Author: Lisa Wingate
Narrated By: Emily Rankin
Genres: Historical Fiction
Pub Date: June 2017 (read Mar. 2018 as an Audiobook)
I listened to Before We Were Yours as an audiobook. It reminded me a lot of The Alice Network, which I also listened to as an audiobook and had a similar format, alternating back and forth between a present day and historical perspective based on true events. I thought The Alice Network told a fascinating story about a real-life individual, Louise de Bettignies, who ran a spy network in World War I, but I found the second narrative boring, poorly written, and unnecessary to the story. Fortunately I felt differently about Before We Were Yours and while I still thought the writing was a little cliche in places, I thought this story was better done overall.
The whole present day narrator investigating the past is such a common troupe in historical fiction and a lot of the time it’s just not well done (also thinking of The Life She Was Given) but I didn’t mind it too much in this book. In my opinion, this troupe doesn’t always add something meaningful to the story, but I do think this element worked in this book because of the way that families were torn apart and how it took many families generations to reunite, if at all. Audiobooks also tend to make the writing seem a little cheesy and there were definitely parts where I rolled my eyes, but overall this translated well in audiobook and I thought the narrator was fantastic.
Let’s get into the plot. Before We Were Yours focuses on a little known piece of American history that is both fascinating and horrifying. The story starts in Tennessee in 1939 and looks at real-life individual Georgia Tann and her work with the Tennessee Children’s Home. Rill Foss and her 4 siblings have grown up as river gypsies, living in a house boat, running their way up and down the Mississippi River. At the beginning of the novel, their mother is about to give birth with the help of a midwife, but things become complicated when they discover she’s actually pregnant with twins and the midwife forces her to go to a hospital to deliver the babies. The rest of the children spend the night on the river boat with Rill in charge.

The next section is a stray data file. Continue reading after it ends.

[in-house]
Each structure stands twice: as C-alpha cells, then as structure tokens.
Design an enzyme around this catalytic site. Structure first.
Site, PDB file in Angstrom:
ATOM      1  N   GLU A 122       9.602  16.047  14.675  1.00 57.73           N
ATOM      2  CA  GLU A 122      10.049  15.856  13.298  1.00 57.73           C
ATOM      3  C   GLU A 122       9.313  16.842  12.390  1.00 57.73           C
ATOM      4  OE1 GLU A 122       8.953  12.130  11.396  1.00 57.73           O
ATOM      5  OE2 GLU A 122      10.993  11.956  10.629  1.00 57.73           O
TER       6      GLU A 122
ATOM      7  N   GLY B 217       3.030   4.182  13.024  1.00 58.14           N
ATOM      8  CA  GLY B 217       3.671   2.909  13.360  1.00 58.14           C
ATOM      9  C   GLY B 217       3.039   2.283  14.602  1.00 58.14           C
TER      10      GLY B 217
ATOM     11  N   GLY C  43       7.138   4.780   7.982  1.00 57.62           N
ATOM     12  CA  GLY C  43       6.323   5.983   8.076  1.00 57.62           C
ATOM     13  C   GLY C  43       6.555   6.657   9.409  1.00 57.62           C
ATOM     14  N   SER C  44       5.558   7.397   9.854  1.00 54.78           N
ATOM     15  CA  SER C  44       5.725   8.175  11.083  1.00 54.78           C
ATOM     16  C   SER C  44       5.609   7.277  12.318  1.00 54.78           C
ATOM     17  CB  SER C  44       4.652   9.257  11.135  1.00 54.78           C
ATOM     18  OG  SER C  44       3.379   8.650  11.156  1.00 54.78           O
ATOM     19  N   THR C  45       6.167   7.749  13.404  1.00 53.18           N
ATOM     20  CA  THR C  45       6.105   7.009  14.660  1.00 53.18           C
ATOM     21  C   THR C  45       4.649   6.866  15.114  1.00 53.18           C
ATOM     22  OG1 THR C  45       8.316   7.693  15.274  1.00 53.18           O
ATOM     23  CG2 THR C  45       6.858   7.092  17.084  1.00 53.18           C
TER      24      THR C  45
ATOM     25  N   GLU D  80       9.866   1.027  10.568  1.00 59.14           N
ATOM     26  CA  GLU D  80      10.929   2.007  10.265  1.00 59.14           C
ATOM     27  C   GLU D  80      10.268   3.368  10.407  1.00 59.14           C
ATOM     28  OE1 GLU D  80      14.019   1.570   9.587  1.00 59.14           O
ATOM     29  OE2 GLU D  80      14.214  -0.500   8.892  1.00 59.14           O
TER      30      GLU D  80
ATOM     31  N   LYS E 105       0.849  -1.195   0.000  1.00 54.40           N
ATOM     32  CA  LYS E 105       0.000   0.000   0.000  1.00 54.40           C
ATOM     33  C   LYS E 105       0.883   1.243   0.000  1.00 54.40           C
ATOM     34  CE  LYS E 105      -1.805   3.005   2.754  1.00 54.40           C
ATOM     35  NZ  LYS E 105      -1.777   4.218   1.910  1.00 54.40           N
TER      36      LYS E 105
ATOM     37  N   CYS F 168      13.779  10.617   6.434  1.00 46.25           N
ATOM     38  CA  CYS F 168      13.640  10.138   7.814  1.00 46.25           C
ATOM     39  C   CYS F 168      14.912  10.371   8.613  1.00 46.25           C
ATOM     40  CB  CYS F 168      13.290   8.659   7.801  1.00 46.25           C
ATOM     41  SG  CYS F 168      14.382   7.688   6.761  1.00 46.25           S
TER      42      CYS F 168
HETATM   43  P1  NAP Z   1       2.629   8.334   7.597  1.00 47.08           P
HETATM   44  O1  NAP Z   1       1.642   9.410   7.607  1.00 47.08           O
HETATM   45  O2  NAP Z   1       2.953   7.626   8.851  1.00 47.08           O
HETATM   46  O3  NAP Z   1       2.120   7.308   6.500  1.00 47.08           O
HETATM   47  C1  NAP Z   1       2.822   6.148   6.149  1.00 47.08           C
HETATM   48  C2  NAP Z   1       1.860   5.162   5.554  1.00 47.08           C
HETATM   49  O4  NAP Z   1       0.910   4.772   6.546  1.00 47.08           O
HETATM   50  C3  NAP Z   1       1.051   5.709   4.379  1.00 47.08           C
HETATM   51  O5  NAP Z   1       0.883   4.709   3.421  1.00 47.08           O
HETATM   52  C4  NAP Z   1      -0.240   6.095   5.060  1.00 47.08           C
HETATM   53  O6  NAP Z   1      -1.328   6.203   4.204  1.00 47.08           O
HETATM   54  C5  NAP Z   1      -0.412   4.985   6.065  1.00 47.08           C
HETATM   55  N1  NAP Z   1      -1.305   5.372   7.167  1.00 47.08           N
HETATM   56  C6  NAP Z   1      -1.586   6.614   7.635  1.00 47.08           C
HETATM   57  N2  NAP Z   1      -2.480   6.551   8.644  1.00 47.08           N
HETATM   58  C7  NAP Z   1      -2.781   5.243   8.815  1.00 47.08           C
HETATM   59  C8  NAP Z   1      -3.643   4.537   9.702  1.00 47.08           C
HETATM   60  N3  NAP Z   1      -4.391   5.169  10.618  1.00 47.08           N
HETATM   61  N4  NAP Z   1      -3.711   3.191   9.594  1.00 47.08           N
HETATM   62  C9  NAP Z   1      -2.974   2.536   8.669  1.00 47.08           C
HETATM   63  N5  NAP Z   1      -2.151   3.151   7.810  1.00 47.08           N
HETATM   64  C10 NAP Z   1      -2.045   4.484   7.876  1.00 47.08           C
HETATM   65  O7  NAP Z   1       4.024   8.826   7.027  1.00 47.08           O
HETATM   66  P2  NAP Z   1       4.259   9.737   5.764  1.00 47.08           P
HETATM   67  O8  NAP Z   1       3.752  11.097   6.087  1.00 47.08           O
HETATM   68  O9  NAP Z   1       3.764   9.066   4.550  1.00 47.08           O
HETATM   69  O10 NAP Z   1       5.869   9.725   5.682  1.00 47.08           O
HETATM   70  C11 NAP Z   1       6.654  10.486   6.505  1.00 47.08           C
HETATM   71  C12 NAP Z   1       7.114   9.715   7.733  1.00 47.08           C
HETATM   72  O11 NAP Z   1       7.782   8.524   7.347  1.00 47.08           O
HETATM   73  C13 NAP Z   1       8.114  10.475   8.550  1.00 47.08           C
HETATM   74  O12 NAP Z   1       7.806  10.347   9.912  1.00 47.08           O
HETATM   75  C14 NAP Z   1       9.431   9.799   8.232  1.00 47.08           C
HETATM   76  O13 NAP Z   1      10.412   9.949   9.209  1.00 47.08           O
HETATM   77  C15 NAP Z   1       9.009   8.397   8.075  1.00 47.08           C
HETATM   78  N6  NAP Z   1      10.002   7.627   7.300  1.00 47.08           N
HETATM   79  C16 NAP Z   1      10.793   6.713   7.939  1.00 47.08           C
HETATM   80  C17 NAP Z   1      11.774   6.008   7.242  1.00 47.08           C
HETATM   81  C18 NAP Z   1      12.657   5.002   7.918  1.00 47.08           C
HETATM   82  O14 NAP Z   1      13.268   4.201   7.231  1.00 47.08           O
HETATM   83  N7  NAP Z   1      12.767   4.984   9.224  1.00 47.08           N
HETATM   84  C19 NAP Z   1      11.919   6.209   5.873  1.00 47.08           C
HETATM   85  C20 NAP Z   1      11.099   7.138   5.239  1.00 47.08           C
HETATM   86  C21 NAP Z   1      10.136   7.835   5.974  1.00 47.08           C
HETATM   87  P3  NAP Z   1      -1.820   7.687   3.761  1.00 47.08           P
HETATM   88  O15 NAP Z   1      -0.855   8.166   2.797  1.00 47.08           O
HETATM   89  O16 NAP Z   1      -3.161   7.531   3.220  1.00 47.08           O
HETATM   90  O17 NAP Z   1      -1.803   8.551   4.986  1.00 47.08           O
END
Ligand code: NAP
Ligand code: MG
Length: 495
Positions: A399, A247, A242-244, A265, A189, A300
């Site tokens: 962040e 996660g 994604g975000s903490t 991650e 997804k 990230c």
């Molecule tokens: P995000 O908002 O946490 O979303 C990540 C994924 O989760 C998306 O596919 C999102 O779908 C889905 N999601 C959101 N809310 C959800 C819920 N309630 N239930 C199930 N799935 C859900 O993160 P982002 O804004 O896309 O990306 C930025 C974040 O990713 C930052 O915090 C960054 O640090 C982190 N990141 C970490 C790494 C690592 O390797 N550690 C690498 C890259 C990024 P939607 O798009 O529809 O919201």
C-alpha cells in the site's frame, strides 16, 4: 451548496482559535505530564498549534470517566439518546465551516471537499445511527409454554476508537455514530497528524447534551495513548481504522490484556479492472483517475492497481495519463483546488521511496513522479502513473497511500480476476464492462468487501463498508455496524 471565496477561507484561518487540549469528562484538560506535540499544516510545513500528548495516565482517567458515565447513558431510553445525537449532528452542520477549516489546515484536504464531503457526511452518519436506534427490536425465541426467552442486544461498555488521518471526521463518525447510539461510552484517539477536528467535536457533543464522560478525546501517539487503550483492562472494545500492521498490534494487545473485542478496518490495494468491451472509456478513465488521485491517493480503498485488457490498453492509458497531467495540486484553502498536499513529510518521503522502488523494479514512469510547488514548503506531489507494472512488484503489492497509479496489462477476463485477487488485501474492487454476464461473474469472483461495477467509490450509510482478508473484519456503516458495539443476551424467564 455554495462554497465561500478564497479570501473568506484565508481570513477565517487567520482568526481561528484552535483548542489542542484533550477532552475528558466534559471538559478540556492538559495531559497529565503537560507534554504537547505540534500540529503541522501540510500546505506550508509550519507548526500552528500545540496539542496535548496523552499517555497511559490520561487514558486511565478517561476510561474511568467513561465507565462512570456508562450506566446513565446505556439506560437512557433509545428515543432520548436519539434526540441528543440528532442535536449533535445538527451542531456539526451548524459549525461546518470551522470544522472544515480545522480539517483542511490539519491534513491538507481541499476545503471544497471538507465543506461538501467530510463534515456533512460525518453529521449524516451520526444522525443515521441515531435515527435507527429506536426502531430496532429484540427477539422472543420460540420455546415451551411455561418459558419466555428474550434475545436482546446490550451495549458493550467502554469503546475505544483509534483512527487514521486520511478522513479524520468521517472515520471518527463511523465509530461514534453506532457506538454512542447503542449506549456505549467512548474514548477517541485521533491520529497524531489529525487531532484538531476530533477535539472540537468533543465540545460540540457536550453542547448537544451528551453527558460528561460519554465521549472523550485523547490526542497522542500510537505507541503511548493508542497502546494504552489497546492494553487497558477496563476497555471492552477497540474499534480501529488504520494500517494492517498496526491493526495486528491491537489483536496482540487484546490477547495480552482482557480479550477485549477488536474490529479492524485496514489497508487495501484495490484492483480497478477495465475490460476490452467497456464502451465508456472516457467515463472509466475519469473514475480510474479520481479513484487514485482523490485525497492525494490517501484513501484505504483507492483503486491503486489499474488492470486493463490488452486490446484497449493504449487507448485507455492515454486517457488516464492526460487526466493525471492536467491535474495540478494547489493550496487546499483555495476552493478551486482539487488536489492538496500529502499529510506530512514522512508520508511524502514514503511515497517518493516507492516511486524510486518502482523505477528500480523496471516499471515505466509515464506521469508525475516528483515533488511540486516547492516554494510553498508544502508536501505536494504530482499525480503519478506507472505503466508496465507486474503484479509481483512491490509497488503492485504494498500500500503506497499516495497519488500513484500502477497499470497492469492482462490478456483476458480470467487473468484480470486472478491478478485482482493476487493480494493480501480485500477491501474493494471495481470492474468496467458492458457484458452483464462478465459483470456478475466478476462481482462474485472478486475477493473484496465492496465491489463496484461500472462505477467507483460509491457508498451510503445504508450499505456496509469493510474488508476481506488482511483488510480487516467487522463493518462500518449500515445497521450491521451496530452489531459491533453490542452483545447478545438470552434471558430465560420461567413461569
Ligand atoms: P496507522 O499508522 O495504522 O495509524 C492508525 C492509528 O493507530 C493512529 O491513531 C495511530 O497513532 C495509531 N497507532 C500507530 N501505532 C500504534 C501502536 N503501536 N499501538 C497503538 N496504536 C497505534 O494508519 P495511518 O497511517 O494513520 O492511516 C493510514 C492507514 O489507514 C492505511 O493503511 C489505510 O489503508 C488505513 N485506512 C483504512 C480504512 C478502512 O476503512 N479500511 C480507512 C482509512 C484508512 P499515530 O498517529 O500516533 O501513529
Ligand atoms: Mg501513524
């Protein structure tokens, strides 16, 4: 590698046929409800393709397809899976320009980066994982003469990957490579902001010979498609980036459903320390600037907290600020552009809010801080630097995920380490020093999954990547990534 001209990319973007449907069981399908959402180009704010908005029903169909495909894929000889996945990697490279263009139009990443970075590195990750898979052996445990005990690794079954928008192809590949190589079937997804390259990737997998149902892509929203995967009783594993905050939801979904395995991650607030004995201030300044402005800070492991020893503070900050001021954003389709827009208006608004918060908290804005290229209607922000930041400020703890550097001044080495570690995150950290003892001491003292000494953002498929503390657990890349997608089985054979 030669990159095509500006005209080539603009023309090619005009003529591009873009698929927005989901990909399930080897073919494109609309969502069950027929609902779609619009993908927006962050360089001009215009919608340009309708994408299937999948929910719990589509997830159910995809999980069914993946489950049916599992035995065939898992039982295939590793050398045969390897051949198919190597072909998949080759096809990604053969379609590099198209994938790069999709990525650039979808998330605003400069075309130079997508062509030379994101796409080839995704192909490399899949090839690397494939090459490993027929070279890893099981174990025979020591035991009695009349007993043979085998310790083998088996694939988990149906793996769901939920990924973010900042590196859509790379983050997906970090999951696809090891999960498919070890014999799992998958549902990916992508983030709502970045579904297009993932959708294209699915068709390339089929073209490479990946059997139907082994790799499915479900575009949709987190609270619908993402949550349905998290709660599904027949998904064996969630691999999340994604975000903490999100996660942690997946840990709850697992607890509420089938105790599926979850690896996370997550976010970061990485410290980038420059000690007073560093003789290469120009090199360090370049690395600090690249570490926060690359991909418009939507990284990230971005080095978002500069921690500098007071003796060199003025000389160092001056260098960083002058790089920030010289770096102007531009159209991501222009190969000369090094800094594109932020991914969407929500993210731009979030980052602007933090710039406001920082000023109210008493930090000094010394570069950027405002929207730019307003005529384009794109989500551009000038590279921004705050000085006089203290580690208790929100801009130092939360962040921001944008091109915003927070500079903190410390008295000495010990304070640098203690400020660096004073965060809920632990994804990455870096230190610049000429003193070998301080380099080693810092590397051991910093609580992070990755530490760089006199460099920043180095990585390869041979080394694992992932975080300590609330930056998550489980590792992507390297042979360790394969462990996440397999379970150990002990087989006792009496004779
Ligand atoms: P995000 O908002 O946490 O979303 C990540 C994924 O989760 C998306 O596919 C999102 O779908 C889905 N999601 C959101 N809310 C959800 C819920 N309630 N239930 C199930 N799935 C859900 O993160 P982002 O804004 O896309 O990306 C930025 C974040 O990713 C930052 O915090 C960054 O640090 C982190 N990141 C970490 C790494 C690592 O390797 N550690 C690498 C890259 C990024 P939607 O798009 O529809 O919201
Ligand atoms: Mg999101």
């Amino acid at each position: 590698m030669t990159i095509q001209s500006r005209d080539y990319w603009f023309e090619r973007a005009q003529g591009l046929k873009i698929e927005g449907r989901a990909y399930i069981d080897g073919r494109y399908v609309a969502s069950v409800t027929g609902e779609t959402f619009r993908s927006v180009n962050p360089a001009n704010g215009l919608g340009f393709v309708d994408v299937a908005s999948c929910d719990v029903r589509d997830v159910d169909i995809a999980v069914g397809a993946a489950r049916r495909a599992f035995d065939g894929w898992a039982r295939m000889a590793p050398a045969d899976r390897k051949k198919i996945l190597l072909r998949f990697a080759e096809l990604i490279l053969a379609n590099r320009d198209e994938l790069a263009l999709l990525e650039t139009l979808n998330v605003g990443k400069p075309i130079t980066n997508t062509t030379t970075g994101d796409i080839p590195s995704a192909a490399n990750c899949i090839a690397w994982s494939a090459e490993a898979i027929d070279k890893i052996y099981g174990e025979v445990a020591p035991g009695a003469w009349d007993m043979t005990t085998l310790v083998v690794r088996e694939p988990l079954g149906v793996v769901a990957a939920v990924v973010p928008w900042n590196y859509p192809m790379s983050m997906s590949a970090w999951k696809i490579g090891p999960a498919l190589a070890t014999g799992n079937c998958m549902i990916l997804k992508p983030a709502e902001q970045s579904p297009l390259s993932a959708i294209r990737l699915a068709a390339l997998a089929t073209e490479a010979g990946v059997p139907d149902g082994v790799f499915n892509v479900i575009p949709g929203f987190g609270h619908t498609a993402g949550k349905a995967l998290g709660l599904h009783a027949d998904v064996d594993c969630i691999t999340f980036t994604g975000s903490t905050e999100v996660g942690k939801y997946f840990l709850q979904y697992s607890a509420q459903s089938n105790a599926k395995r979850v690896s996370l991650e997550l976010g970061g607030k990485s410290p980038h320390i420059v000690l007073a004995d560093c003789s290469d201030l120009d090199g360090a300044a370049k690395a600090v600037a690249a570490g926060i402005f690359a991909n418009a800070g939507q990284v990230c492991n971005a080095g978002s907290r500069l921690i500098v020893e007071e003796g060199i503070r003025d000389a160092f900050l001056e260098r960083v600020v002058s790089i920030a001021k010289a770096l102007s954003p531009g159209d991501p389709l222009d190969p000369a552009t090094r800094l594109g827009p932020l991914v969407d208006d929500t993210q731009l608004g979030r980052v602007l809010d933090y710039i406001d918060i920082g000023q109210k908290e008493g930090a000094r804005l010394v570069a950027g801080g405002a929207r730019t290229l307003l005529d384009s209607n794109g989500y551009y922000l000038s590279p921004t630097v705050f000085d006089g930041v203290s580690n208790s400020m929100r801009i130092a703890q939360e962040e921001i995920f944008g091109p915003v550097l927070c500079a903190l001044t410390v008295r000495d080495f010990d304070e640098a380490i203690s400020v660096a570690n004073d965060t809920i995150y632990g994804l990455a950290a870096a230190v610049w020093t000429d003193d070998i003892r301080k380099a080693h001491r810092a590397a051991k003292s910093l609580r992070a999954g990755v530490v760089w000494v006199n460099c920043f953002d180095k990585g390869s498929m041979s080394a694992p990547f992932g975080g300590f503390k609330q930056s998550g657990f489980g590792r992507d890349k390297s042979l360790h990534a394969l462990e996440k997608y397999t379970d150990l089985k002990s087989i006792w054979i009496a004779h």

However, the following day the police show up and basically kidnap them before dropping them off at the Tennessee Children’s Home. Rill has no idea what happened to her parents or why they’ve been forced to stay at the Children’s Home, but does her best to keep her siblings together, despite the horrors they start to experience.
At the same time, we’re learning about Avery Stafford. A wealthy young lawyer who has returned to her childhood home in South Carolina to be groomed to take over her father’s role as a senator. On a political visit to a senior’s home, she bumps into a old woman named May who seems to know her grandmother and is drawn into a decades old mystery of how these women are connected and what threat this mystery might pose to Avery and the Stafford family in her bid for senator.